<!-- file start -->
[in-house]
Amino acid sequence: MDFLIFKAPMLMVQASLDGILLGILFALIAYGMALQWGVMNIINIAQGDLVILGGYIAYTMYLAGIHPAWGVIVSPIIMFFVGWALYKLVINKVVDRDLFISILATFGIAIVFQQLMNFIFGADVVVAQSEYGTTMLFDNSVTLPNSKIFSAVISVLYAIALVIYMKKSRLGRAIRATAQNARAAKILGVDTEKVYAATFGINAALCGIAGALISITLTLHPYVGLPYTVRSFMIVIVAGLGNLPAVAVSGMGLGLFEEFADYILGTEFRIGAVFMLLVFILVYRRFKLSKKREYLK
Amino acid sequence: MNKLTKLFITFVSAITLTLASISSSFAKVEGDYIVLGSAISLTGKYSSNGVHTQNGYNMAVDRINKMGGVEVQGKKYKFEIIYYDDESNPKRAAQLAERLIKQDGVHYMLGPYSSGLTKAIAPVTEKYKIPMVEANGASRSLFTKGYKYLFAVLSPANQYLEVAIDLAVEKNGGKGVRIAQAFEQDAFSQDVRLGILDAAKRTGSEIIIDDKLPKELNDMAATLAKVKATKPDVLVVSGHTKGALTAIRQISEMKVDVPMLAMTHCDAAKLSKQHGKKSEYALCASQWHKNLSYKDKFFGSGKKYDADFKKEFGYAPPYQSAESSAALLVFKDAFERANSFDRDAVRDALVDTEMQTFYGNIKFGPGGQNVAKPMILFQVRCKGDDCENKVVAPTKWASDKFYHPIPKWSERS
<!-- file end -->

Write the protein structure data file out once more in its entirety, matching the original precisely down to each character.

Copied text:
[in-house]
Amino acid sequence: MDFLIFKAPMLMVQASLDGILLGILFALIAYGMALQWGVMNIINIAQGDLVILGGYIAYTMYLAGIHPAWGVIVSPIIMFFVGWALYKLVINKVVDRDLFISILATFGIAIVFQQLMNFIFGADVVVAQSEYGTTMLFDNSVTLPNSKIFSAVISVLYAIALVIYMKKSRLGRAIRATAQNARAAKILGVDTEKVYAATFGINAALCGIAGALISITLTLHPYVGLPYTVRSFMIVIVAGLGNLPAVAVSGMGLGLFEEFADYILGTEFRIGAVFMLLVFILVYRRFKLSKKREYLK
Amino acid sequence: MNKLTKLFITFVSAITLTLASISSSFAKVEGDYIVLGSAISLTGKYSSNGVHTQNGYNMAVDRINKMGGVEVQGKKYKFEIIYYDDESNPKRAAQLAERLIKQDGVHYMLGPYSSGLTKAIAPVTEKYKIPMVEANGASRSLFTKGYKYLFAVLSPANQYLEVAIDLAVEKNGGKGVRIAQAFEQDAFSQDVRLGILDAAKRTGSEIIIDDKLPKELNDMAATLAKVKATKPDVLVVSGHTKGALTAIRQISEMKVDVPMLAMTHCDAAKLSKQHGKKSEYALCASQWHKNLSYKDKFFGSGKKYDADFKKEFGYAPPYQSAESSAALLVFKDAFERANSFDRDAVRDALVDTEMQTFYGNIKFGPGGQNVAKPMILFQVRCKGDDCENKVVAPTKWASDKFYHPIPKWSERS